10 things everyone should know about graphic design
Great graphics and branding don't simply fall from the sky. Impressive brand collateral and marketing visuals requires purposeful planning and consideration. Effective graphic design is way more than just making things look pretty.
This quick 5-minute read teaches you the essentials of why graphic design is so vital, what brand identity is and how to best choose a graphic designer for maximizing your branding efforts. Be groovy.
Graphic design is visual communication
What are graphics?
A graphic is simply a thing you see, created specifically to communicate something to someone. A stop sign, a yellow pages ad, a bumper sticker -- all examples of something purposefully created to get some message across. In modern culture, we're exposed to literally thousands of graphics each day, all after our attention... trying to tell us something, sell us something, influence us in some way.
Graphics visually share knowledge.
Graphics are a vital part of our economy and society, and many organizations would cease to exist without some form of visual communication. Imagine doing business with no website, no product photos, no catalogs. No printed invoices, no flyers, no business cards, no phone number on the side of your work van. Graphics are an essential part of doing business.
What is graphic design?
Graphic design is the deliberate process of creating graphics. Graphic designers use a combination of shapes, colors, angles, textures, contrast, typography, whitespace and composition to deliver a message with maximum effectiveness. Quality, commercially-viable artwork ensures people are reached on levels beyond simply reading the marketing blurb.
Graphic design is the art of making graphics to inform, educate, persuade, entertain, even deceive.
Graphic design speaks on many levels
More than just pictures and marketing jargon, well-executed graphics communicate in numerous ways. Just as body language and posture says as much or more than spoken word, crafted artwork insinuates ideas and provokes thought in many ways.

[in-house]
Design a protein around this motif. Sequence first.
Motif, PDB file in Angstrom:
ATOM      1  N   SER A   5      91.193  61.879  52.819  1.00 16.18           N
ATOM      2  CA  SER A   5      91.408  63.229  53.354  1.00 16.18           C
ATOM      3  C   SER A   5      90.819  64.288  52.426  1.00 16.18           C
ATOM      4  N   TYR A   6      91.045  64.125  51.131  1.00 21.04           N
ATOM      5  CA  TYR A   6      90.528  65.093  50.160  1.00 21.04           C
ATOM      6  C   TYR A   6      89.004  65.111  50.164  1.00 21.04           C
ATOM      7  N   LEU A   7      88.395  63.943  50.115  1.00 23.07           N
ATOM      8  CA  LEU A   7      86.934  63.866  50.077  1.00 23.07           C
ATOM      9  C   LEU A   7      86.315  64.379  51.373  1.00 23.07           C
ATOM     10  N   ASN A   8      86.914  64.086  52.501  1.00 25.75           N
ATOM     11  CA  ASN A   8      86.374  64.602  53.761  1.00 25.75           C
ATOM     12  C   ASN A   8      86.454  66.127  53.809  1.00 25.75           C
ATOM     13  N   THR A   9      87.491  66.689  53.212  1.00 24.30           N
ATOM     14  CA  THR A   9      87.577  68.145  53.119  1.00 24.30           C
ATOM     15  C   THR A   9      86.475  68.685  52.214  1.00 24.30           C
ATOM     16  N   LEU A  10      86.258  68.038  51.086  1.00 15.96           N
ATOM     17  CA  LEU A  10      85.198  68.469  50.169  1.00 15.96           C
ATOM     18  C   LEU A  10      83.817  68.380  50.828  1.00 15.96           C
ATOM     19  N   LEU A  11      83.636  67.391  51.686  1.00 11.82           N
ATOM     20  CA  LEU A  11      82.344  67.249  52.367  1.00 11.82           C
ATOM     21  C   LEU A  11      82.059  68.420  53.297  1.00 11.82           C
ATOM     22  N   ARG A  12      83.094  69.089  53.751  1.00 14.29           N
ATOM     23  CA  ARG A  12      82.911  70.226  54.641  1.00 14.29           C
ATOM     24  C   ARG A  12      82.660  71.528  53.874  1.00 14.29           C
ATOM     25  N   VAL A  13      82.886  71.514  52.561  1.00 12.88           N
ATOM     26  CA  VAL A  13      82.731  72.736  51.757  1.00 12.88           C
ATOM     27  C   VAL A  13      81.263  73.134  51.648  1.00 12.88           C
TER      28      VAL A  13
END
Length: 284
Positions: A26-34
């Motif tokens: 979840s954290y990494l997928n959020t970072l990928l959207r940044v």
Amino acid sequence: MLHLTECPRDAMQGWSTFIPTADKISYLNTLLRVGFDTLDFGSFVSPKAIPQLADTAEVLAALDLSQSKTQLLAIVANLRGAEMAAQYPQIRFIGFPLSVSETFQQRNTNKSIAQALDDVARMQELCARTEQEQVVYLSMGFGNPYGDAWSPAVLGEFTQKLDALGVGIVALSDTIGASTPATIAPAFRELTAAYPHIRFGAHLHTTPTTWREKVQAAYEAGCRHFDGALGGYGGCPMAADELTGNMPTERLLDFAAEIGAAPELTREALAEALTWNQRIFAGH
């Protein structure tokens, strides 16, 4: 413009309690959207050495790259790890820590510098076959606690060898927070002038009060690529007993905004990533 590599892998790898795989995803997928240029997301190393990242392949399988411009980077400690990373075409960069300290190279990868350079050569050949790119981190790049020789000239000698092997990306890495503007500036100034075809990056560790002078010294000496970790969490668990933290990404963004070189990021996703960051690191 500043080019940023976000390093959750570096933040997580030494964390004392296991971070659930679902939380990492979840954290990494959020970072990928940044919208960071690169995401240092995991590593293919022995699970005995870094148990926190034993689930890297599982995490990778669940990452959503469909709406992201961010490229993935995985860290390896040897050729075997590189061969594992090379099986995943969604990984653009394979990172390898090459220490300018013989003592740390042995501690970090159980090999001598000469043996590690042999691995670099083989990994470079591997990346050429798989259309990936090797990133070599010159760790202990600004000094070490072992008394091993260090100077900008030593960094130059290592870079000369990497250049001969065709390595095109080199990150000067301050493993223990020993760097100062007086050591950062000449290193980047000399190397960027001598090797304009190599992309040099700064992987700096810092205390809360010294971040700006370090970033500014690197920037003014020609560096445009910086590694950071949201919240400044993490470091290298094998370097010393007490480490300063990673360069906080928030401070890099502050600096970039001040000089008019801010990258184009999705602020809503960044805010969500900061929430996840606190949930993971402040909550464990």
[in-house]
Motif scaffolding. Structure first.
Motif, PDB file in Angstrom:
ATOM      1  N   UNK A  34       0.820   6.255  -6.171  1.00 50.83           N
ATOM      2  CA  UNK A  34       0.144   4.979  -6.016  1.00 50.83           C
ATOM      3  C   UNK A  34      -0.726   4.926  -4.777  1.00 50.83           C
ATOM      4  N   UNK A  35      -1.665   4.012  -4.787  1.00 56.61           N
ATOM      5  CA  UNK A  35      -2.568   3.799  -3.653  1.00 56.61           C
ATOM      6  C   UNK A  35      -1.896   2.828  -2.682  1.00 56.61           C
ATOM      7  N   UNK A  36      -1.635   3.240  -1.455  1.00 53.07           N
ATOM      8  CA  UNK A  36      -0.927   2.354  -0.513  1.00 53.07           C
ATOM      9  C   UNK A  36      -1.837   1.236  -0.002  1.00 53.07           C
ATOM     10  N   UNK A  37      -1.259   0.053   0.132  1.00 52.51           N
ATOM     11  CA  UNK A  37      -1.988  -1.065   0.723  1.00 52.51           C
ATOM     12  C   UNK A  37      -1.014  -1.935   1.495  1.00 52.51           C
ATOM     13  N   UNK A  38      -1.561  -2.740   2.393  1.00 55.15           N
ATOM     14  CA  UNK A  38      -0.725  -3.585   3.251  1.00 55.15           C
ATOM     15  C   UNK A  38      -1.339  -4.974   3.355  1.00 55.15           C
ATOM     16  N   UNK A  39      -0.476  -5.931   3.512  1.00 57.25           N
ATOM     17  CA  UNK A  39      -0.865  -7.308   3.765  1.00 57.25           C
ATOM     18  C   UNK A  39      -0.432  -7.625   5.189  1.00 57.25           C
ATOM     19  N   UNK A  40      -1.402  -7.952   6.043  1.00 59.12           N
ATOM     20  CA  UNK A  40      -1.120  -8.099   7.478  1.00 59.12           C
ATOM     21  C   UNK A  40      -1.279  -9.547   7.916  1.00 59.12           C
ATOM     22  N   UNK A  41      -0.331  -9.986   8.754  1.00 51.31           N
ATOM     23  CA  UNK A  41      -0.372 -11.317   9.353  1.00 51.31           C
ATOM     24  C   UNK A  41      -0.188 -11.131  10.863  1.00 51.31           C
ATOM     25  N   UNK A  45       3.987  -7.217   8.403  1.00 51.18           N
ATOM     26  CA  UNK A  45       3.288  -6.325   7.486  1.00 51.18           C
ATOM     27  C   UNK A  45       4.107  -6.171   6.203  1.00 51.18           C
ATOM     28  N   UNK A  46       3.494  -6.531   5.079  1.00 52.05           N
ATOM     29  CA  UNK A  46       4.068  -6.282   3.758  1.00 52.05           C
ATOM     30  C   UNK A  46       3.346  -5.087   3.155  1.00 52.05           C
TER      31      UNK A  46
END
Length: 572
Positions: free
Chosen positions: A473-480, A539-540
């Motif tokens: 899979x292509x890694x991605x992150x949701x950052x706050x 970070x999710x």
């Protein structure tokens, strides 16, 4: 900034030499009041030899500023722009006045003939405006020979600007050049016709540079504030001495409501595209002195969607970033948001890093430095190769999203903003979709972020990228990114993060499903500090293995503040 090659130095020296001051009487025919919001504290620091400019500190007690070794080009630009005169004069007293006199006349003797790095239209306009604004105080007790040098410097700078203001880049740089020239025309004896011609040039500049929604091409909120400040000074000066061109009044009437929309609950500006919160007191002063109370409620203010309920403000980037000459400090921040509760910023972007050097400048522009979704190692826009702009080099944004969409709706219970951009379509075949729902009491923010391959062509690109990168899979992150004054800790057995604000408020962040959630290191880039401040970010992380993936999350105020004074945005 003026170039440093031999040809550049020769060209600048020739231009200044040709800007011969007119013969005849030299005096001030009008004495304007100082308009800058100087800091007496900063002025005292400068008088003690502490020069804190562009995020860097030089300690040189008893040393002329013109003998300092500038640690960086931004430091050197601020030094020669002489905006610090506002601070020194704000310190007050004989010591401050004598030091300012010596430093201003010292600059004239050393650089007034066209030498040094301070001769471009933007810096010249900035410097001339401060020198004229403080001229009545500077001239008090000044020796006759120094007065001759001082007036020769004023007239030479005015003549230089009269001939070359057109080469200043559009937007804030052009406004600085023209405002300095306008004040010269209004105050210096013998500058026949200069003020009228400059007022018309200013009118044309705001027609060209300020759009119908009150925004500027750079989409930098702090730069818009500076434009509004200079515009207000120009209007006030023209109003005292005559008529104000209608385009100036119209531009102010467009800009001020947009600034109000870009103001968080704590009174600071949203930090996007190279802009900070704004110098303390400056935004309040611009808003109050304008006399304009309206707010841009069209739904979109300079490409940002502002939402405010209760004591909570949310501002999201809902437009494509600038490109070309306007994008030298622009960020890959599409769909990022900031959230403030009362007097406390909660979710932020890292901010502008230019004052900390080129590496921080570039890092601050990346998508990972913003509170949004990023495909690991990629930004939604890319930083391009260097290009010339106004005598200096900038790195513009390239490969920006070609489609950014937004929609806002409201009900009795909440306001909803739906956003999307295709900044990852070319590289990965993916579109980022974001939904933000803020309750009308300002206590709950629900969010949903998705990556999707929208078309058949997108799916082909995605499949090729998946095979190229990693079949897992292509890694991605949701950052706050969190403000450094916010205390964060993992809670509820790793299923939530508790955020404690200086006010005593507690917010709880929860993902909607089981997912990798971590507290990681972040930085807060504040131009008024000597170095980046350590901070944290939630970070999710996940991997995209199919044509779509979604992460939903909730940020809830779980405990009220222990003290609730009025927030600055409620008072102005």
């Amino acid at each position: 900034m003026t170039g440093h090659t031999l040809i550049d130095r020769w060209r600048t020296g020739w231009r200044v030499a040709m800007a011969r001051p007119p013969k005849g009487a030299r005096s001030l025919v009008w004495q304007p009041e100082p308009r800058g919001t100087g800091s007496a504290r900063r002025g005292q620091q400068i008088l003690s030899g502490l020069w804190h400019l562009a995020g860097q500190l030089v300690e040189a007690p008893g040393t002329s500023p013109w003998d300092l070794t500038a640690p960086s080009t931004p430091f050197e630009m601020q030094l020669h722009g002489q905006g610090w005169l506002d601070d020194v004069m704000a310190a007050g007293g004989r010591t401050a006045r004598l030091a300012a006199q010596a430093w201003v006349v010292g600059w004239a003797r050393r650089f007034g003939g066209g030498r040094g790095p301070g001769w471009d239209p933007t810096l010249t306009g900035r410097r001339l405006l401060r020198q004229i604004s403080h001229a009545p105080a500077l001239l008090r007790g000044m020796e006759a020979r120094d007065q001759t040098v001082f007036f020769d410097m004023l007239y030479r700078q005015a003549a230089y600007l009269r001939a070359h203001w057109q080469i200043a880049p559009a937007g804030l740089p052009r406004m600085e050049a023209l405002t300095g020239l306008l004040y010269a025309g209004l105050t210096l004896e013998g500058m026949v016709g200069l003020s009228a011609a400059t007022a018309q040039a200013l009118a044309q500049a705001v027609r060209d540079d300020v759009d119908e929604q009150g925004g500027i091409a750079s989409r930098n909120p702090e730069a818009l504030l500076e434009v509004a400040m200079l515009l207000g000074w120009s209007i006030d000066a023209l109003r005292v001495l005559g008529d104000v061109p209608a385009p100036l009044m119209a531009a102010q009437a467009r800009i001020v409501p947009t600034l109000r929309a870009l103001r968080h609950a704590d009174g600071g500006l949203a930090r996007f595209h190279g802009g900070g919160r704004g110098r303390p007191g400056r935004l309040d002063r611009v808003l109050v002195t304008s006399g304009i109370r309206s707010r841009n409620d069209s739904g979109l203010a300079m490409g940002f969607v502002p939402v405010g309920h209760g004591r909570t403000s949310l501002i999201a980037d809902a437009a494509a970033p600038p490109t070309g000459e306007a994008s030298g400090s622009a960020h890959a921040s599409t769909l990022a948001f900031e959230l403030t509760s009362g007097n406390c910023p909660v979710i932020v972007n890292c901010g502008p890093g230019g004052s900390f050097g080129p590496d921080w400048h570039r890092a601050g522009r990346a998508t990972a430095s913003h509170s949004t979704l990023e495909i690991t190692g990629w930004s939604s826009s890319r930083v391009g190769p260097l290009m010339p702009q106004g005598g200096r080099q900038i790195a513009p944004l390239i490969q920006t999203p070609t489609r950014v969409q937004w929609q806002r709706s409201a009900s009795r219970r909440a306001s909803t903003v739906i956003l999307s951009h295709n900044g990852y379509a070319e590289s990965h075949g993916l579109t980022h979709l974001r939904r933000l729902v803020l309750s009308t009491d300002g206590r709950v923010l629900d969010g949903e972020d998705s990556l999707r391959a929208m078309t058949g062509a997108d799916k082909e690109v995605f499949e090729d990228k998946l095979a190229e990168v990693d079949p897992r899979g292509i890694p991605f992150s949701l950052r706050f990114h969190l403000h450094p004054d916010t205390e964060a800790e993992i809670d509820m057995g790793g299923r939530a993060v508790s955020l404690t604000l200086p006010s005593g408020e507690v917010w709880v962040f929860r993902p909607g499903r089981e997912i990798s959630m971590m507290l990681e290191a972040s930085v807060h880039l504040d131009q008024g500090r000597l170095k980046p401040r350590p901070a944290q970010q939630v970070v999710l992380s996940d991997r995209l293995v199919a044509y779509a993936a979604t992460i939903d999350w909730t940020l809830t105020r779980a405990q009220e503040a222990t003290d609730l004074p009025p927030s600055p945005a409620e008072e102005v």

COMMAND and KEEP attention
In the era where attention spans are measured in quantum nanoseconds, the timeframe for achieving eyeball radar-lock is extremely short. Too many words, small, blurry text or a rotten, uncompelling design leads to people not caring, not looking and not staying.
Familiar identifying markers
Designers implement visual cues that identify with known culture and industry-specific items. For example, a rock climbing gym may use climb holds as bullet points and ropes for paragraph dividers. A birthday flyer invitation might use a theme of balloons and confetti. Familiar visual markers tap into brain schemas that help the viewer connect with and fill in the blanks of the story you're telling.
Rather than explaining how grandmothers are always known as masters of the kitchen because they've accumulated years of knowledge and recipes, simply saying "Grandma's Homestyle Cookin!" explains the backlog without having to. Even if you're grandma was a terrible cook, you know the food is probably really good.
Graphic design captivates, motivates, persuades and convinces.
Dictating eye movement
Directional indicators strongly influence how people absorb graphics. Techniques such as using angles, text flow, photos with the model looking or gesturing towards something, etc., allows a visual to be consumed in a particular, prioritized order. Successful designs route eyeballs on a flowing journey from the main headline, through secondary and tertiary content, all the way to the call to action.
Audience & demographic targeting
The process of identifying your intended audience happens early on in the design process. Age, gender, race, Earth location, income bracket, subculture etc., must be taken into account before any artwork begins. Knowing who to target is paramount to successful customer acquisition.